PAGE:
There is increasing interest in the underlying biology of symptom clusters [6,7]. Dr Lisa Wood and coworkers (pp. 54–59) use the model of cancer patients exposed to cytotoxic chemotherapy to examine the underlying biology of sickness behavior, a collection of symptoms including malaise, sleep disturbance, cognitive difficulties, pain, depressed mood, and decreased appetite. They describe the relationship of cancer-related symptoms with inflammatory processes based on both laboratory and clinical research. This carefully conducted review summarizes the evidence to support the proposition that IL-1β, a proinflammatory cytokine, plays a central role in the induction of sickness behavior. This knowledge may lead to the development of novel treatments targeting IL-1β.
Dr Ann Berger and coworkers (pp. 60–66) provide perspective on 24 intervention studies published since 2009, 18 in early stage and six in advanced cancer. While acknowledging the wide variety of interventions addressing many different symptom clusters, the authors highlight a number of different approaches to symptom cluster management. Examples include cognitive behavioral therapy, yoga, relaxation acupressure, and mindfulness-based stress reduction. Importantly, these nonpharmacological interventions seemed to have the most beneficial effects alleviating multiple symptoms possibly due to their lack of specificity and broad spectrum of influence.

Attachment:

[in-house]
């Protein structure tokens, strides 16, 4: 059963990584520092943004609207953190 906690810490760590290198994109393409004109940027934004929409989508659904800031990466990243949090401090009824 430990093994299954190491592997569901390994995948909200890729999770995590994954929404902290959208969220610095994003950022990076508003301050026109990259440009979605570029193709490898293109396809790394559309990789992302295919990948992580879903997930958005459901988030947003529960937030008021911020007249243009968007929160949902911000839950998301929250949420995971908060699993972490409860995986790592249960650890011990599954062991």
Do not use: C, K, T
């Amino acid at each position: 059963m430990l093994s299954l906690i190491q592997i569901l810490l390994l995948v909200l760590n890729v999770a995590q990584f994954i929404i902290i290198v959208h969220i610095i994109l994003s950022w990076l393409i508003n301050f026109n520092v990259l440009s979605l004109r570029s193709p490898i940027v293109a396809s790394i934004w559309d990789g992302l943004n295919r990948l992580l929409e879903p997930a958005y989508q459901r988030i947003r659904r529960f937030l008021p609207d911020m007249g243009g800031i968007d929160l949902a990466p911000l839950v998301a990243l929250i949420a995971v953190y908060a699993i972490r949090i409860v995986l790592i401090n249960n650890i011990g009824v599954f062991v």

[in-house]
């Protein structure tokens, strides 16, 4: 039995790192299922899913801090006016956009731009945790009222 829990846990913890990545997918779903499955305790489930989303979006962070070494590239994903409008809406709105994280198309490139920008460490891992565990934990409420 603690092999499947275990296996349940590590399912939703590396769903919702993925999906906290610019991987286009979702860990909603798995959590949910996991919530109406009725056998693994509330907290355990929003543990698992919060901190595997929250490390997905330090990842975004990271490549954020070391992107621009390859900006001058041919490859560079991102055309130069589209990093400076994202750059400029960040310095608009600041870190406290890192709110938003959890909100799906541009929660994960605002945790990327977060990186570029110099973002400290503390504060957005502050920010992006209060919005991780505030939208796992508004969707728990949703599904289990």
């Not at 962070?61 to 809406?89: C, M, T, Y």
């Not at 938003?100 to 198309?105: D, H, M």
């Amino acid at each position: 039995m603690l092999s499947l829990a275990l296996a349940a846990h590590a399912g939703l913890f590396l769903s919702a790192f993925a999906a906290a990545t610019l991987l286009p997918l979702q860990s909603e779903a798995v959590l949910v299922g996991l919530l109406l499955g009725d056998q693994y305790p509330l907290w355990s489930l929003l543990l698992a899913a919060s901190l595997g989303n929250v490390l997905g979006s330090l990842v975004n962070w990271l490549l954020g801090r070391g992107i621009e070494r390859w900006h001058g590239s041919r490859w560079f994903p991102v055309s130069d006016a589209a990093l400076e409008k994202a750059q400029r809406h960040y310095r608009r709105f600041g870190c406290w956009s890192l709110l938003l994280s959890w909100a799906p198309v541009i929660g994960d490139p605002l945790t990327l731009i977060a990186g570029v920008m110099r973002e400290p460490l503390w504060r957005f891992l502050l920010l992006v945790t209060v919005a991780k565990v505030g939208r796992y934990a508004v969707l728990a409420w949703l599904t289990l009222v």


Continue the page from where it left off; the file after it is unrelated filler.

The vast majority of clinical research on symptom clusters has used adults as the model. Work on symptom clusters in children is in early development. Dr Marilyn Hockenberry and coworkers (pp. 67–72) focused their literature review on a variety of disorders including cancer to provide a broad view of the theoretical and empirical underpinnings of symptom clusters in children. This includes describing the most common and distressing symptoms children experienced at different points in the disease trajectory. The authors suggest that ‘assessing symptom clusters provides a holistic depiction of the child's experience’. This article brings a developmental science perspective to research on symptom clusters. This is particularly important because multiple symptoms could have deleterious effects on childhood development. Undoubtedly, this would necessitate evaluating symptom interactions and developmental changes in symptom severity over time.
We hope this collection of papers provides the reader with a broad picture of symptom clusters as we understand them today. Based on this review, we believe that this is a promising area for future research with the potential to yield valuable evidence for translation into clinical practice.
Cleveland Clinic The Harry R. Horvitz Center for Palliative Medicine and Supportive Oncology, Cleveland, Ohio, USA is a WHO Demonstration Project in Palliative Medicine and ESMO Designated Center of Integrated Oncology and Palliative Care.
Conflicts of interest
There are no conflicts of interest.